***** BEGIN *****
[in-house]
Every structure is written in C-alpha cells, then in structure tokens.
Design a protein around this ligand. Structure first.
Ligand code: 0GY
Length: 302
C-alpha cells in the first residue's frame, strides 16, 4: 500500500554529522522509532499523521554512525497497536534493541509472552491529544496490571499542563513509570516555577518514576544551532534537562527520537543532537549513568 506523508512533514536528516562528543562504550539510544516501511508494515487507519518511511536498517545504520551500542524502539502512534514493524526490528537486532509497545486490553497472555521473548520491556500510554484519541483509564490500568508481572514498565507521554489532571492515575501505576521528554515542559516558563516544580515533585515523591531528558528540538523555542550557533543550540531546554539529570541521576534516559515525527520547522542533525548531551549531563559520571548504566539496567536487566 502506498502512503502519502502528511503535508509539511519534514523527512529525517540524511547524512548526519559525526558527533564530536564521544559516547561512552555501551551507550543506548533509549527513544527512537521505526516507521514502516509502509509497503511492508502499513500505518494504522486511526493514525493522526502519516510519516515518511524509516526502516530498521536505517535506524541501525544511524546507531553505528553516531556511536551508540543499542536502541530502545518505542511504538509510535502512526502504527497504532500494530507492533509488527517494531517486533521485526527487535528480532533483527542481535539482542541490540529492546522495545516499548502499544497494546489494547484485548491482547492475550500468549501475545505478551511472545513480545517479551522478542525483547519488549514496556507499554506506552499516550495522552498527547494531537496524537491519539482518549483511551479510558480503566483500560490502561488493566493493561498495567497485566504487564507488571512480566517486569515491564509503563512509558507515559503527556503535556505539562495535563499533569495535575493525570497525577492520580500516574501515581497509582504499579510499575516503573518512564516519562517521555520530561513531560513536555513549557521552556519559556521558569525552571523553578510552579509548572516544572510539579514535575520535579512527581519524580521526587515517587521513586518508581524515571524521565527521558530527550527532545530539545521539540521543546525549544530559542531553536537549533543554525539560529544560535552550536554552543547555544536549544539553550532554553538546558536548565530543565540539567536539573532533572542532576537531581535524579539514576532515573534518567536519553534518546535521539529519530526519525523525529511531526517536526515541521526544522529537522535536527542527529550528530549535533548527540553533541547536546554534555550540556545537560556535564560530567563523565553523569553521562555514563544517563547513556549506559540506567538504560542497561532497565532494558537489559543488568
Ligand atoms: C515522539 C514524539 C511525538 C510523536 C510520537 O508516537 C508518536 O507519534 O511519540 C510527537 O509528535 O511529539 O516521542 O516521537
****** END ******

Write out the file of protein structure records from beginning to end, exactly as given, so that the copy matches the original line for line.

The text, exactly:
[in-house]
Every structure is written in C-alpha cells, then in structure tokens.
Design a protein around this ligand. Structure first.
Ligand code: 0GY
Length: 302
C-alpha cells in the first residue's frame, strides 16, 4: 500500500554529522522509532499523521554512525497497536534493541509472552491529544496490571499542563513509570516555577518514576544551532534537562527520537543532537549513568 506523508512533514536528516562528543562504550539510544516501511508494515487507519518511511536498517545504520551500542524502539502512534514493524526490528537486532509497545486490553497472555521473548520491556500510554484519541483509564490500568508481572514498565507521554489532571492515575501505576521528554515542559516558563516544580515533585515523591531528558528540538523555542550557533543550540531546554539529570541521576534516559515525527520547522542533525548531551549531563559520571548504566539496567536487566 502506498502512503502519502502528511503535508509539511519534514523527512529525517540524511547524512548526519559525526558527533564530536564521544559516547561512552555501551551507550543506548533509549527513544527512537521505526516507521514502516509502509509497503511492508502499513500505518494504522486511526493514525493522526502519516510519516515518511524509516526502516530498521536505517535506524541501525544511524546507531553505528553516531556511536551508540543499542536502541530502545518505542511504538509510535502512526502504527497504532500494530507492533509488527517494531517486533521485526527487535528480532533483527542481535539482542541490540529492546522495545516499548502499544497494546489494547484485548491482547492475550500468549501475545505478551511472545513480545517479551522478542525483547519488549514496556507499554506506552499516550495522552498527547494531537496524537491519539482518549483511551479510558480503566483500560490502561488493566493493561498495567497485566504487564507488571512480566517486569515491564509503563512509558507515559503527556503535556505539562495535563499533569495535575493525570497525577492520580500516574501515581497509582504499579510499575516503573518512564516519562517521555520530561513531560513536555513549557521552556519559556521558569525552571523553578510552579509548572516544572510539579514535575520535579512527581519524580521526587515517587521513586518508581524515571524521565527521558530527550527532545530539545521539540521543546525549544530559542531553536537549533543554525539560529544560535552550536554552543547555544536549544539553550532554553538546558536548565530543565540539567536539573532533572542532576537531581535524579539514576532515573534518567536519553534518546535521539529519530526519525523525529511531526517536526515541521526544522529537522535536527542527529550528530549535533548527540553533541547536546554534555550540556545537560556535564560530567563523565553523569553521562555514563544517563547513556549506559540506567538504560542497561532497565532494558537489559543488568
Ligand atoms: C515522539 C514524539 C511525538 C510523536 C510520537 O508516537 C508518536 O507519534 O511519540 C510527537 O509528535 O511529539 O516521542 O516521537